You can tell who the audience is aimed at by looking at how the movie is set up. KoB is full of same tired tropes about LARPers trotted out to represent LARP as a strange hobby full of maladjusted people. The main character is the Everyday Joe (that’s literally his name, Joe), an under-employed metal musician with girlfriend problems, who regards what his friends do as weird and usual. He only attends the LARP because he is kidnapped by his roommates, who represent the stereotypes of LARPers: the rich kid with too much time on his hands and a need to escape reality, and the druggy who is otherwise kind of cool but way into the nerdy stuff. (The second being Peter Dinklege’s character, who might have had a chance to shine if he hadn’t been wasted on bad writing). Then let’s not forget about the game master, the horribly overdramatic and snotty guy who abuses his power and treats everyone like something you scrape off your shoe. That is, when he’s not hitting on the hottest girl there to ‘be his assistant storyteller.’
Ah yes, Summer Glau’s character, Gwen. Gwen is beautiful, sweet, and a good fighter, a character we should be able to root for. When described by other characters, who get descriptions like ‘wily’ and ‘great fighter’, she is described as possessing a “+3 ass of awesome” or some such nonsense. She’s presented as the beautiful object of everyone’s attention (cue the closeup on her fishnet covered legs), including the game organizer, who skeeves on her in her very first scene. But fear not! She’s protected by her hulking cousin, who never breaks character – even in real life! Gwen is designated as her cousin’s babysitter at the LARP because he’s a danger to others due to his inability to separate fantasy from reality (ahem, LARPer trope ahoy!) Ah, now it all becomes clear! The beautiful female lead doesn’t even really want to be there, but she’s got to be there for family. Because why would a beautiful girl want to come to a LARP without an excuse? Heaven forbid she should actually want to participate in the game herself. In the LARP community I came up in, there was a derogatory term for girls who were brought by relatives/significant others who didn’t want to be there but just ‘played along’: a backpack. The movie backpacked Summer Glau and did it without so much as a cringe at their gender stereotyping.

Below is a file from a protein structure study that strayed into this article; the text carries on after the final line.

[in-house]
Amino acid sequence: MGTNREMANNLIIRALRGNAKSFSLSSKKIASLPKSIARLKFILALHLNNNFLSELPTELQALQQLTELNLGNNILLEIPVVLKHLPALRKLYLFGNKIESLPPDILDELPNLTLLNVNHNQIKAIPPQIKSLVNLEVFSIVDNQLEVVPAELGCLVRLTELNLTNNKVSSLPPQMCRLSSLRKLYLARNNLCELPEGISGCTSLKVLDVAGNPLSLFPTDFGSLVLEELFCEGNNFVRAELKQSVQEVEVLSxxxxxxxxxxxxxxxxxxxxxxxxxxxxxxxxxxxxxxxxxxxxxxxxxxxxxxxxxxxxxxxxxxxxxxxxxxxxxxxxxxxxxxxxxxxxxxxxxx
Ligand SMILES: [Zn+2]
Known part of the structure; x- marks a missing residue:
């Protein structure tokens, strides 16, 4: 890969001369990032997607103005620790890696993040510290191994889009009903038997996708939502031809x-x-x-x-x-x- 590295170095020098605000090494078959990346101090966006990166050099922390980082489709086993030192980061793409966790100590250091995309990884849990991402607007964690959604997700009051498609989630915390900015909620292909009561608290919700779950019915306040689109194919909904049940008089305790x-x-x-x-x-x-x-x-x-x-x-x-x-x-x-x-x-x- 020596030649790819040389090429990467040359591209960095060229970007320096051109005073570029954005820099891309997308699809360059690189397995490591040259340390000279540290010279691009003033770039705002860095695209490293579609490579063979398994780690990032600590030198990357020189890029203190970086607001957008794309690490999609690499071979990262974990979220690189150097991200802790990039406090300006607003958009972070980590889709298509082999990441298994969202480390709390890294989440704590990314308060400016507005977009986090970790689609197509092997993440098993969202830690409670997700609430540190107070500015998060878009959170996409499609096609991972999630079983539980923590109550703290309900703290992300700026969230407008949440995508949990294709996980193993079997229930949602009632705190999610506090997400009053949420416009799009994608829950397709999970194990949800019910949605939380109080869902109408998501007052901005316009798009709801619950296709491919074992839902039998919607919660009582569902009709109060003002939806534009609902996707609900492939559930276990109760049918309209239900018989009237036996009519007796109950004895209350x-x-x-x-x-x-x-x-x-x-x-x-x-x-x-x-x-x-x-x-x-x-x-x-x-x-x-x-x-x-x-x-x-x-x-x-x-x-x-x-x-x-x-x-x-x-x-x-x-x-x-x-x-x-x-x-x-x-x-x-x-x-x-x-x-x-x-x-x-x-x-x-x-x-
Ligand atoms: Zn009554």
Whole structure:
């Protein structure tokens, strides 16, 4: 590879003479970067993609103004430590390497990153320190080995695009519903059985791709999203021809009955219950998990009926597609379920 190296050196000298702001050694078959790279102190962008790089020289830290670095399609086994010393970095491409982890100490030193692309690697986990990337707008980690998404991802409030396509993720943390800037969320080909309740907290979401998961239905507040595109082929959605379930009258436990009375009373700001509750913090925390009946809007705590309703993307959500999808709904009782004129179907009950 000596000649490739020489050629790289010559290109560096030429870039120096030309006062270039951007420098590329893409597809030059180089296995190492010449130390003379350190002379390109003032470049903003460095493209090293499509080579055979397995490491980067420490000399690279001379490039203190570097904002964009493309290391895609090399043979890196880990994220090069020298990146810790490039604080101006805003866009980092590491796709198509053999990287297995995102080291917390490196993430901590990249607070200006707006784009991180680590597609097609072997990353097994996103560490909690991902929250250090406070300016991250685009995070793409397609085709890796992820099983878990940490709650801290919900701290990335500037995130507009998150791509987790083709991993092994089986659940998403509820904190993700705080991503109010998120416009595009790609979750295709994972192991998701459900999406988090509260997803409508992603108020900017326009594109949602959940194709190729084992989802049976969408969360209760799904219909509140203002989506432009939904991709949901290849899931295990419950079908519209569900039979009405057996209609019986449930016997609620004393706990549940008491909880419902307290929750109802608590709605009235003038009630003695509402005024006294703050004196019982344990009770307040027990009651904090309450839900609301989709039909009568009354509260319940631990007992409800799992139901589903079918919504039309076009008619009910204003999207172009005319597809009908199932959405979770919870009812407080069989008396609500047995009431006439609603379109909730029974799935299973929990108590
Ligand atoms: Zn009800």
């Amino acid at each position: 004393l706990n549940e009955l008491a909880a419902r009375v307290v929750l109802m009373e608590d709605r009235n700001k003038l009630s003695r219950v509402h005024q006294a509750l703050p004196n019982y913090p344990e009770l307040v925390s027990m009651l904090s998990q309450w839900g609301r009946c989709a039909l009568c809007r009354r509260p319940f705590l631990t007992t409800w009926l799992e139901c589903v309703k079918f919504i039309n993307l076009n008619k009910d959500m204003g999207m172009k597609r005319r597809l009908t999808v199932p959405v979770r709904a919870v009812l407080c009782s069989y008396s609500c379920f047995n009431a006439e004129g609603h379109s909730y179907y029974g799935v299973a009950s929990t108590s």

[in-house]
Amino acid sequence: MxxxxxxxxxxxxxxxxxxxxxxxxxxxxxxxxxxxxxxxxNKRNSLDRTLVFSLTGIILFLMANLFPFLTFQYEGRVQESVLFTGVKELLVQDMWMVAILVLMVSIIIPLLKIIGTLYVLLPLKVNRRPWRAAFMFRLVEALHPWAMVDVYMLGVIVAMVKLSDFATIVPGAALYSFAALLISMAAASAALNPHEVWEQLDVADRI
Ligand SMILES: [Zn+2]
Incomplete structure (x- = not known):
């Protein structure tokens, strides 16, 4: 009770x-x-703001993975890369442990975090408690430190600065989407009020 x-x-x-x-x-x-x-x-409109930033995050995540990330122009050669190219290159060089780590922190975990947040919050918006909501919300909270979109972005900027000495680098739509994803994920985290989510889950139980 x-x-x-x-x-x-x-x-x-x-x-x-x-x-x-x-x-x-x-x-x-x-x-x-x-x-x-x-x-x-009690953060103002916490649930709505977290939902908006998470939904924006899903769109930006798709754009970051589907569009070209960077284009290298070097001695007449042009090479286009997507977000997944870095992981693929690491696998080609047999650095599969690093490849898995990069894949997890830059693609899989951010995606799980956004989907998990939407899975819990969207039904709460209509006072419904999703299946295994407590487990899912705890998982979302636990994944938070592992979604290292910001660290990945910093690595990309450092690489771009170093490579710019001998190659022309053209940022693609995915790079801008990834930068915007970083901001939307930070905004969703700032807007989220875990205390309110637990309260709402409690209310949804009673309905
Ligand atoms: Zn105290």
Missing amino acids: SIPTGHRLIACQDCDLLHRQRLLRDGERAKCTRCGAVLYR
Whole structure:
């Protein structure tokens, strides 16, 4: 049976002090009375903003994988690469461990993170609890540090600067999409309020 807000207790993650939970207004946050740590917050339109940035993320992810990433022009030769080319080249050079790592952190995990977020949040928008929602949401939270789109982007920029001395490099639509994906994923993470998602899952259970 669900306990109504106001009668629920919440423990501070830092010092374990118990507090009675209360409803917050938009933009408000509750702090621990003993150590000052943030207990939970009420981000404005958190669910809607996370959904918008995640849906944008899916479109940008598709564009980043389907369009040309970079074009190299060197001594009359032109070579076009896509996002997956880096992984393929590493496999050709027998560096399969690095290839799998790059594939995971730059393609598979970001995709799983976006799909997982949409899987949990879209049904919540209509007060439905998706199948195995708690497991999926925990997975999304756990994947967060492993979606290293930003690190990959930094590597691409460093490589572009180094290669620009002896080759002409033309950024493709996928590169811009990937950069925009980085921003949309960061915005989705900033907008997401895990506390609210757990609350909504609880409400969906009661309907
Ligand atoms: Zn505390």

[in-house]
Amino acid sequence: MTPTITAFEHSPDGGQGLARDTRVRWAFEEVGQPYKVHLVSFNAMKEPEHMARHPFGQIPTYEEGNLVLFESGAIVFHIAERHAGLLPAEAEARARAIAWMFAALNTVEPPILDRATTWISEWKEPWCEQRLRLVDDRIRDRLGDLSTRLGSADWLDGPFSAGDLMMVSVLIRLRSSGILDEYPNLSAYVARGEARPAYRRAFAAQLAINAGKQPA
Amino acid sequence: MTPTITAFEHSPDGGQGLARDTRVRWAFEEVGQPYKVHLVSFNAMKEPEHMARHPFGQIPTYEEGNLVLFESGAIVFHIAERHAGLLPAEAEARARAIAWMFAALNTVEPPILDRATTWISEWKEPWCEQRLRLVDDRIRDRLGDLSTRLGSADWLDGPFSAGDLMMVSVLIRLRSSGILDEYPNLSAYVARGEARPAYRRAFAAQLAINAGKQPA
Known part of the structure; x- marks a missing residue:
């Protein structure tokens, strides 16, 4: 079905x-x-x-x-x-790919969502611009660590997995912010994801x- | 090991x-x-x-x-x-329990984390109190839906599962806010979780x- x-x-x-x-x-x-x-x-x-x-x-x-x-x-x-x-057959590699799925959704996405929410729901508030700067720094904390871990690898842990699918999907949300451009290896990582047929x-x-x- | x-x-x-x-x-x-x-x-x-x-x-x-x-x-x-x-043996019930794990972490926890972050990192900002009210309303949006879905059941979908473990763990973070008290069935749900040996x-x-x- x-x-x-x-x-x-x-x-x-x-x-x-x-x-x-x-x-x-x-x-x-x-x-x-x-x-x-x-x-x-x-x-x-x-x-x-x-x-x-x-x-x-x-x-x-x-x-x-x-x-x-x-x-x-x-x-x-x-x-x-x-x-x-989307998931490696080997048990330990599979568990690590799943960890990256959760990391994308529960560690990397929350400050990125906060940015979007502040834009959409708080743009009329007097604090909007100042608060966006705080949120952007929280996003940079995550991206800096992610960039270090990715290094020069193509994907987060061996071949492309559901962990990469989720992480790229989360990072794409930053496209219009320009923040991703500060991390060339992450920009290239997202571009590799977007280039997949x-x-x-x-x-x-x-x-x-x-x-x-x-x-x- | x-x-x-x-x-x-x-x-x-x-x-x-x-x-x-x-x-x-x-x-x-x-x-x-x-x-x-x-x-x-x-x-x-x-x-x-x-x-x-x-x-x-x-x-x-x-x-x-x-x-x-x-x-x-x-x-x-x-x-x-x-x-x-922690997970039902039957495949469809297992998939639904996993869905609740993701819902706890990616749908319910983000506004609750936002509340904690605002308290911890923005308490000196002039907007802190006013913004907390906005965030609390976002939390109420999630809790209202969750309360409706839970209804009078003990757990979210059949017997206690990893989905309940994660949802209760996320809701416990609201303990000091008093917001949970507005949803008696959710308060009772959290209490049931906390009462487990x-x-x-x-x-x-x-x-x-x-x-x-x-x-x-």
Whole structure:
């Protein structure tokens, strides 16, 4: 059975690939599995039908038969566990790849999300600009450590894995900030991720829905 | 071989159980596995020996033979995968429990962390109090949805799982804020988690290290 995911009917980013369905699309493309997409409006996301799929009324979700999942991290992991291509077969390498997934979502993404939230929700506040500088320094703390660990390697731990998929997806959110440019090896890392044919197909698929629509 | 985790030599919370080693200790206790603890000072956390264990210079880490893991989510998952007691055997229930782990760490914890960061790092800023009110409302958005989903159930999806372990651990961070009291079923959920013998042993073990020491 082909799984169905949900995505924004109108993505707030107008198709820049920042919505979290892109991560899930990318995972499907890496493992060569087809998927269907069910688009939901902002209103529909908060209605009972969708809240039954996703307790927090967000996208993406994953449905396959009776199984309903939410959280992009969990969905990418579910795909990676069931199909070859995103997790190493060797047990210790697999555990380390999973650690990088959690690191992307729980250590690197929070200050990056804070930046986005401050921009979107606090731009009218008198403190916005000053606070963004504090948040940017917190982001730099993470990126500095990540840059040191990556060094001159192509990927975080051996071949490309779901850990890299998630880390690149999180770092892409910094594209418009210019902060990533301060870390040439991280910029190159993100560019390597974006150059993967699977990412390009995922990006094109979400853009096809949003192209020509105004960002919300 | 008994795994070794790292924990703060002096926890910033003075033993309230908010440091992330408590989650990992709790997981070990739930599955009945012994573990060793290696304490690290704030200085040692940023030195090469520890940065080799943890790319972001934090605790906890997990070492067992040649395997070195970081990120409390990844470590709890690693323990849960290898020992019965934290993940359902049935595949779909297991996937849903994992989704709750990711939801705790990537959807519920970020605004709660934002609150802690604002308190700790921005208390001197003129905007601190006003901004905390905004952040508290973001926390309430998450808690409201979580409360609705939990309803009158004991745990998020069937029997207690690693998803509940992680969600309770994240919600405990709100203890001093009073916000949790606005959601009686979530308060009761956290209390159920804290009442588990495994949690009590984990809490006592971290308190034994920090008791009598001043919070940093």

But why should it cringe? Because that’s all this movie is – a load of stereotypes dumped on top of some not very funny jokes. LARPers watching might look at the absurdity of the over-the-top performance and say ‘Look, they’re making jokes with us about the silliness of parts of our community.’ But if that was the case, the framing of the film is all wrong. The movie isn’t about a LARPer poking fun at his own community – it’s about a man on the outside coming in, judging everything he sees as absurd, and then saving the day before wandering off to go be cool again away from all the weirdoes.